UE4 Intro To Materials - Page 1
- Part 1 - Getting Setup
- Part 2 - Our First Material
- Part 3 - Material Instances
- Part 4 - Masked and Transluscent Materials
- Part 5 - Illumination
- Part 6 - More Material Concepts
- Part 7 - A Practical Master Material
What you will need?
For this project you will need to be install Unreal Engine 4.22.x , have a GitHub account (which is free of charge) as well as GitHub Desktop. You should also download Crazy Bump or equivalent software (it is free) to create your various masks and normal maps. Photoshop is always useful but you can always use GIMP, Pixlr or any other free alternative.
Introduction to Materials
Unreal uses a Physically Based Rendering (PBR) shading and lighting model to give artists maximum control over the look and feel of the scene. PBR is a concept as opposed to a strict set of rules. In short it allows for consistency of content in a variety of lighting scenarios giving maximum control.
PBR allows for some level of standardizations so that tools like Substance Painter and Designer can created maps that can be utilized on multiple engines. Even though it is known for creating photorealistic scenes it can be used on more sylized productions, as Monsters University used it as well.
Lets dive into PBR’s in Unreal.
Part 1 - Getting Setup
Getting Set Up
- If you are a student of mine in class you will have received an email of this same repository and will view the invitation and accept it. Now you can download the starter file I have created.
- If you are not part of the class you can login into github with your personal account and navigate to https://github.com/maubanel/UE4Intro-To-Materials and in the top left corner press the fork button:
- Double click the UE4 project IntroToMaterials.uproject to load it.
- The project should load up in the Room/Level Basic Materials. It should look like:
- You will also most likely see a dark room that has not been lit. You should probably hit the Build button and wait for the lighting to build for the level.
- Look at the World Outliner on the top right of the screen and you will see Room Construction folder with the walls and floor. We also have 6 room folders that we will use to create materials in all rooms in this level.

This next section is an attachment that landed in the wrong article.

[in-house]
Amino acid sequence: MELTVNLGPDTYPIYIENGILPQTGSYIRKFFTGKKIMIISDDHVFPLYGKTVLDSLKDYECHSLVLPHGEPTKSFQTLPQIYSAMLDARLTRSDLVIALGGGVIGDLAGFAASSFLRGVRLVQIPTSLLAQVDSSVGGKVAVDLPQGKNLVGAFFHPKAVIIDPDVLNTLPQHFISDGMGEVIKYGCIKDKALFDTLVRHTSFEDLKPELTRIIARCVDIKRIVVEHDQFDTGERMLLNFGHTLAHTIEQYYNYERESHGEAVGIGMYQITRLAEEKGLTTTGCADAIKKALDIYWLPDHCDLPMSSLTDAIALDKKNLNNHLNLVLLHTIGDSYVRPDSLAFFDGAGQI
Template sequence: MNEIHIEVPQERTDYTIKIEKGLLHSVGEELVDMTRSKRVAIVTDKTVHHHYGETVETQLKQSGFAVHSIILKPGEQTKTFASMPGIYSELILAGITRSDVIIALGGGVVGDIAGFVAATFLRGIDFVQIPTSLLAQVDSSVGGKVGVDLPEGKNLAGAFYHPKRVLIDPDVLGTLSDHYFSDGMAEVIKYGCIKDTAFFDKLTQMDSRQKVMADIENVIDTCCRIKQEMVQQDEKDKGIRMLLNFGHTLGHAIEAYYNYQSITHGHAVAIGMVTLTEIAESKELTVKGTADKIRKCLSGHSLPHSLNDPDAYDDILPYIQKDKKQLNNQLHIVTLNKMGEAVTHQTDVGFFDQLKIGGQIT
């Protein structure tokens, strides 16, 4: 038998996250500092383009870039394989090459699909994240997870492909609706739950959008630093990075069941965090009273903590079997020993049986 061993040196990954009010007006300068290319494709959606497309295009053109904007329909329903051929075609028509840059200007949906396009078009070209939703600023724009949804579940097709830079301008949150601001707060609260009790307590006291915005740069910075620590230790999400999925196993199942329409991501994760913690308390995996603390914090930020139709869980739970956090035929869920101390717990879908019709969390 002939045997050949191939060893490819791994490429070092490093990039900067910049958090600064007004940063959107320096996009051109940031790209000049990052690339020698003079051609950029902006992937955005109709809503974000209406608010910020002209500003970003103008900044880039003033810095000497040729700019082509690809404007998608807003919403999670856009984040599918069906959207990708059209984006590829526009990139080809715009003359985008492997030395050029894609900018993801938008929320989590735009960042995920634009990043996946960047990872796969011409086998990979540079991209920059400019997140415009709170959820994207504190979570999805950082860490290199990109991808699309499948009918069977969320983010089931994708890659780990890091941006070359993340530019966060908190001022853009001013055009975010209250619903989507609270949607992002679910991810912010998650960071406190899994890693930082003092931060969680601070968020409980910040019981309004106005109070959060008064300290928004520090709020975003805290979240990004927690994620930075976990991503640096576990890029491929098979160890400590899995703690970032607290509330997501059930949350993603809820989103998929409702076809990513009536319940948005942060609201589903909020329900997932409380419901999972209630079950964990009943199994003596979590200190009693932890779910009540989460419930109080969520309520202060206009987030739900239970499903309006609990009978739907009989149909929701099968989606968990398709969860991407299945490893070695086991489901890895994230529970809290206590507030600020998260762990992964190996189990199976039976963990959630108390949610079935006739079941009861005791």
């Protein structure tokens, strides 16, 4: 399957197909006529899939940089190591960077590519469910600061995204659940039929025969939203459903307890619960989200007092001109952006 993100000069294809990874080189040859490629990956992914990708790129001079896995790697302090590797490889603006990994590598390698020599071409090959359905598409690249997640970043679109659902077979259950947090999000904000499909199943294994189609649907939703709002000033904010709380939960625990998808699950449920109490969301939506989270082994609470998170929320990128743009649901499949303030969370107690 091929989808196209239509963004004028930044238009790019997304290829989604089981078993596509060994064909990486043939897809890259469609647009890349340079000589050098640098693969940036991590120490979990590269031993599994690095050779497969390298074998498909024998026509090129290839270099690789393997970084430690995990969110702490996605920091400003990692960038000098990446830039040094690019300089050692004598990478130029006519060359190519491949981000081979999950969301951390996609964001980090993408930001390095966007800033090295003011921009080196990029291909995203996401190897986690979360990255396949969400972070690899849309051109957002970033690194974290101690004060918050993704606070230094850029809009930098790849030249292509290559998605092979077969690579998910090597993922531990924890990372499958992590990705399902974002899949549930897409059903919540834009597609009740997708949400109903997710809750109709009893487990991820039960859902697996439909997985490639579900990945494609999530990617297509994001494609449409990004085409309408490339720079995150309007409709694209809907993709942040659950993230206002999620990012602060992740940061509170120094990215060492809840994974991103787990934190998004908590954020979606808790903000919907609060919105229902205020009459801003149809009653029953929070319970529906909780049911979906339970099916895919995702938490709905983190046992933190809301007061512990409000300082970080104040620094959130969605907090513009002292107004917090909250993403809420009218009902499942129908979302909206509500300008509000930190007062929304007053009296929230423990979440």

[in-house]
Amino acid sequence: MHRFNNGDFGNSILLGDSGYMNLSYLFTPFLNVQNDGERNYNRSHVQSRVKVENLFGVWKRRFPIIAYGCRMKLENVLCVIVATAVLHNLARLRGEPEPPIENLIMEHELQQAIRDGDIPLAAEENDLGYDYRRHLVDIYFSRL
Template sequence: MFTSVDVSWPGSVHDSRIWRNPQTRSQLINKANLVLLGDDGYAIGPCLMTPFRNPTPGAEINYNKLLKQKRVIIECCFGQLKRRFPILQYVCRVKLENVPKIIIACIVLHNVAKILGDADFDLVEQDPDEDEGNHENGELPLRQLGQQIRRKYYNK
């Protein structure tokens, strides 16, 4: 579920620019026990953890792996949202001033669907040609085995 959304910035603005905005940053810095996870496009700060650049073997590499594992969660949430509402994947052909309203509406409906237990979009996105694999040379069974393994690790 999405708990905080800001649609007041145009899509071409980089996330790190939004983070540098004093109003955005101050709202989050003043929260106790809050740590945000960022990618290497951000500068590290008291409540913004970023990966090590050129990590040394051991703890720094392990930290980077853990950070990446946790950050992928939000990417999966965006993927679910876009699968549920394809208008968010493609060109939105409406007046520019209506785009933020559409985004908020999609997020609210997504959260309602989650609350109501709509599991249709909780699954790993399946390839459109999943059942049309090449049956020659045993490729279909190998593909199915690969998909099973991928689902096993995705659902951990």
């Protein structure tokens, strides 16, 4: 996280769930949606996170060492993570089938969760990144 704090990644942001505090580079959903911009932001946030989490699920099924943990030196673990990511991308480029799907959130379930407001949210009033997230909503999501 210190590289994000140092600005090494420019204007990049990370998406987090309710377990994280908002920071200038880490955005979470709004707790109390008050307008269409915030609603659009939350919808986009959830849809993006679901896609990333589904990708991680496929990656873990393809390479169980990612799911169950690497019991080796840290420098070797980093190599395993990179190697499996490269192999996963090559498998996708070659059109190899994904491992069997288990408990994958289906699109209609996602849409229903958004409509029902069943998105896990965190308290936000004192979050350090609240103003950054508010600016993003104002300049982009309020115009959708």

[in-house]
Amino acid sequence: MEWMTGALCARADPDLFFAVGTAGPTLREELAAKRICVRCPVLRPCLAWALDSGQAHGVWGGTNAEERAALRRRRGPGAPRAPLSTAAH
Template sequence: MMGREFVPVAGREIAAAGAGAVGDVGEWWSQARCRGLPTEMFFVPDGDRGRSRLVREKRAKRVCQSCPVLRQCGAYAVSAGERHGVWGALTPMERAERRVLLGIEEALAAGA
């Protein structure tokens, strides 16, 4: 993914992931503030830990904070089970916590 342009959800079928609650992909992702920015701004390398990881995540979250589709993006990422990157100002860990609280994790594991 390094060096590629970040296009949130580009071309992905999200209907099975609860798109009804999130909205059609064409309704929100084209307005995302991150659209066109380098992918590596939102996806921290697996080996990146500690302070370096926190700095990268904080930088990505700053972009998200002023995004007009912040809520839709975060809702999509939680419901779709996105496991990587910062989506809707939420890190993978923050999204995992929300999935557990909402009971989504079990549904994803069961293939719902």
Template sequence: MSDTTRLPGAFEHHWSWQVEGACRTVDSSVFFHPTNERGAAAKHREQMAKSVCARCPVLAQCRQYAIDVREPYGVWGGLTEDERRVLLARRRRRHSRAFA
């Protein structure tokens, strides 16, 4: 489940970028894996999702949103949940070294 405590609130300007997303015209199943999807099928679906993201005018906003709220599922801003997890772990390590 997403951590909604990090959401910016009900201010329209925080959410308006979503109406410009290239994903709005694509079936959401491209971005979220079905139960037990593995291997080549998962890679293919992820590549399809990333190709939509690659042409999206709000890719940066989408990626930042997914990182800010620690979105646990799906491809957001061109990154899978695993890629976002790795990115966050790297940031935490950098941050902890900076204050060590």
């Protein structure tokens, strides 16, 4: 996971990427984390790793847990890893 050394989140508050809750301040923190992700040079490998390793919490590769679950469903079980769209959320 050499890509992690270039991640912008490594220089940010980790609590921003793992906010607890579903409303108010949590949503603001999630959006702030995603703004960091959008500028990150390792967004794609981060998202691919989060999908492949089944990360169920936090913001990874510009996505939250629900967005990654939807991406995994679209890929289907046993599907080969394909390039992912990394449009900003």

- I have also added a first person Character for you to control and possess during the game. Go to Settings | Project_Settings to see the controls.
- Now select Input and expand Action Mappings and Axis Mappings. This shows you that we have implemented a mouse looking around, player movement and jumping. If you press the triangles you can see the keys that are assigned.
- Go to the bottom left and open the Source Panel and click on the Blueprints folder. You will see two Blueprints. One called BP_Gamemode and the other called BP_PlayerCharacter. The gamemode blueprint loads the BP_PlayerCharacter when the level is run so that you control a first person character.
- Lets go back back to Settings | Project_Settings and select Maps and Modes. You will see that the reason the game booted up in this map was because it was set here previously. Also we are not loading the BP_Gamemode as the default gamemode. We can set this here in the project settings or in the World Outliner. We will see later that it is set in the latter.
- Now go to Description and fill in the various modules with the information that you want that you think is important.
- Now go into Settings | World Settings and expand Game Mode. This is overrides the settings that are in project settings for this one level. This is selecting our custom BP for Game Mode and Default Pawn. The Default Pawn is the game object that we are controlling in game. You will see all of these blueprints running and added to the scene when running the game.
- OK, that’s enough for setup, now run the game and walk around using the W A S D or Arrow keys for movement, Space Bar for jumping and Mouse for looking around. You should be able to walk around the various rooms and see that they are all titled.
- OK, lets look at building our first material in the first room. In the last exercise the color on the cubes was a solid color which we created in the Material itself. A diffuse map is the most common form of texture map. It is projecting the color on the surface of the model. So if you want a brick wall then you project a photograph of bricks. To save memory and make it faster this pattern is reduced to its smallest size that still maintains integrity then gets repeated. So we need a texture that can be placed next to each other without seams. Lets start with a photograph of my office carpet that I took on my iPhone. On th next page we will create our first game ready texture: